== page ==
On June 30, 2016, President Obama signed the bipartisan Freedom of Information Act (FOIA) Improvement Act of 2016 into law. This law locks into place many of the Administration’s FOIA policies and initiatives and solidifies the role of the National Archives’ Office of Government Information Services (OGIS) in resolving FOIA disputes between agencies and requesters and improving compliance with FOIA.
President Obama Signs S. 337 FOIA Improvement Act of 2016, June 30, 2016
- Codifies the Attorney General’s policy that agencies should release information unless “the agency reasonably foresees that disclosure would harm an interest protected by an exemption” or “disclosure is prohibited by law;”
- Requires that agencies alert requesters to the availability of agency FOIA Public Liaisons and OGIS to help resolve disputes at several points in the FOIA process;
- Directs the creation of a centralized portal the public can use to file FOIA requests electronically;
- Establishes a Chief FOIA Officers Council to develop recommendations for increasing compliance and efficiency in responding to FOIA requests, and to identify, develop and coordinate initiatives for increasing transparency and compliance with FOIA’s requirements;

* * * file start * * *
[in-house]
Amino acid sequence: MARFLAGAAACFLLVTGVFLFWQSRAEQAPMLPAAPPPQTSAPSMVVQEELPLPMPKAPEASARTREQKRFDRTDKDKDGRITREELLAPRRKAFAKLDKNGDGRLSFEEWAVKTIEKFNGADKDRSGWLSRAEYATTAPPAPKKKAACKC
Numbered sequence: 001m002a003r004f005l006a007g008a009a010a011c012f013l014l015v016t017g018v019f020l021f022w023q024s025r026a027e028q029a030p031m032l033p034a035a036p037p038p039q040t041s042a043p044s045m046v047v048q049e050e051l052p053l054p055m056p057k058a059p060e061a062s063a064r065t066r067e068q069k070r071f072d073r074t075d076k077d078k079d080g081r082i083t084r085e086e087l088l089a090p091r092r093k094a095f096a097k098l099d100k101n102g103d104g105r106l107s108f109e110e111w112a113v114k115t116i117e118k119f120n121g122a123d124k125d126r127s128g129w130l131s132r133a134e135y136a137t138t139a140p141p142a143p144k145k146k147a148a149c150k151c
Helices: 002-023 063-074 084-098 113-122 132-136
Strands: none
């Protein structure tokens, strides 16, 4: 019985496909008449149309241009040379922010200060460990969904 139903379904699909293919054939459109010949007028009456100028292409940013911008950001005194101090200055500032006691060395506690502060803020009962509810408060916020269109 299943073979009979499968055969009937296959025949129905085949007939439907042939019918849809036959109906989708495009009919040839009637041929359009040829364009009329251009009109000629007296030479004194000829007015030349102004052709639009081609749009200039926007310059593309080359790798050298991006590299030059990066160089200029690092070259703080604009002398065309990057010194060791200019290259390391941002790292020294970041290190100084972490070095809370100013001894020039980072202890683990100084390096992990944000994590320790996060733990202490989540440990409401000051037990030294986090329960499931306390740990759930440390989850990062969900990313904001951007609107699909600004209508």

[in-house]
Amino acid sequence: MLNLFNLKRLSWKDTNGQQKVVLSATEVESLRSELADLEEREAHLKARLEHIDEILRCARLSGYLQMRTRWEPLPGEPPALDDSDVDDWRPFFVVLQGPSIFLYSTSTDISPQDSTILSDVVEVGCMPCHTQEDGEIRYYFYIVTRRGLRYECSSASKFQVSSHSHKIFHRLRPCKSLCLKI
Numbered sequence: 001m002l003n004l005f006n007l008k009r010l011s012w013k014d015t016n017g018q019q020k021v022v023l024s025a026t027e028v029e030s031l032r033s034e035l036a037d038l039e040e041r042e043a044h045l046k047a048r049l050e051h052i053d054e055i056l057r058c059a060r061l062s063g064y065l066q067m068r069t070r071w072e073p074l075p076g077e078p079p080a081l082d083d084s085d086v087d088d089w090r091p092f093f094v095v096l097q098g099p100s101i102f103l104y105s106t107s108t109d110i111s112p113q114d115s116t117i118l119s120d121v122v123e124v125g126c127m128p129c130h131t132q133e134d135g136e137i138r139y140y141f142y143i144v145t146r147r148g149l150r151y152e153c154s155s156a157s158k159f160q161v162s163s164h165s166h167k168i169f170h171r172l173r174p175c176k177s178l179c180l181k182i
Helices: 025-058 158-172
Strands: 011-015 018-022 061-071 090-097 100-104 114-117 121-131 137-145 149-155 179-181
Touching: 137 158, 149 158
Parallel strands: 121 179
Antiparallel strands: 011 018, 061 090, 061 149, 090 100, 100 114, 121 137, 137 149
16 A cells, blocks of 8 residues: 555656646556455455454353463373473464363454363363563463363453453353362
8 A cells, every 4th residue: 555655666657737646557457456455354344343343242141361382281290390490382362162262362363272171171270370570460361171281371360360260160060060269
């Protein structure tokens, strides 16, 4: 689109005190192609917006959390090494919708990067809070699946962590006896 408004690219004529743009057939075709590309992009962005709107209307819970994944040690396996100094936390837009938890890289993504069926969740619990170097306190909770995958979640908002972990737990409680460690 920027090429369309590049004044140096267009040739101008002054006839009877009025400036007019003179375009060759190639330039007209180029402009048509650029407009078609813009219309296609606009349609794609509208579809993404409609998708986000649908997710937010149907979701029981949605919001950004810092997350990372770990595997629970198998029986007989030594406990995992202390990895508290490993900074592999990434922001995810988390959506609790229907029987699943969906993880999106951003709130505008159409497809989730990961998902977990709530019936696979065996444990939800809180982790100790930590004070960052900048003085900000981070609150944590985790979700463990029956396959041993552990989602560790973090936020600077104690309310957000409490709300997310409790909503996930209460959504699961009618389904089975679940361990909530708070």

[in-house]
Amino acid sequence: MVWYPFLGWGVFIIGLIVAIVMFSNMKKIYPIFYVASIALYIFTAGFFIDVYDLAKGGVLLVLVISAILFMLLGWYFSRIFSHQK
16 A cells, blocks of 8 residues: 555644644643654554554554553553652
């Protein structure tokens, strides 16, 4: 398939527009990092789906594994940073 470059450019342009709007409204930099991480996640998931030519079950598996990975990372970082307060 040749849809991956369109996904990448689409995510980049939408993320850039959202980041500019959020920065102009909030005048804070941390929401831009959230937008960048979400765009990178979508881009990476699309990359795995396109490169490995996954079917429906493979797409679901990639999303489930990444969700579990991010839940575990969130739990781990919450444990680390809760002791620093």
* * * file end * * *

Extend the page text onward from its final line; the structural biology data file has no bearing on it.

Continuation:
- Requires that agencies post electronically records that have been requested three or more times;
- Requires that agencies allow a minimum of 90 days for requesters to file FOIA appeals; and
- Limits the deliberative process privilege to records that are less than 25 years old.
In conjunction with the bill signing, the White House also announced additional initiatives to continue to improve transparency. As part of this effort, the White House asked the members of the FOIA Advisory Committee to look broadly at the challenges that agency FOIA programs will face in light of an ever-increasing volume of electronic records, and chart a course for how FOIA should operate in the future.
The National Archives launched the FOIA Advisory Committee to allow agency FOIA professionals and requesters to collaboratively develop recommendations to improve the administration of FOIA. As I shared with you in April, the first term of the FOIA Advisory Committee ended on a high note when the Committee unanimously voted to support its first recommendation to improve the FOIA process. The Committee’s development of a consensus recommendation is an important milestone because it shows how agencies and requesters can work together to improve the FOIA process.
The second term of the FOIA Advisory Committee will kick off on July 21 with a meeting in the National Archives’ William G. McGowan Theater. Please visit the Committee’s webpage for information about future meetings and the Committee’s work.
We welcome Congress’s bipartisan, bicameral work to advance transparency, and the President’s new initiatives.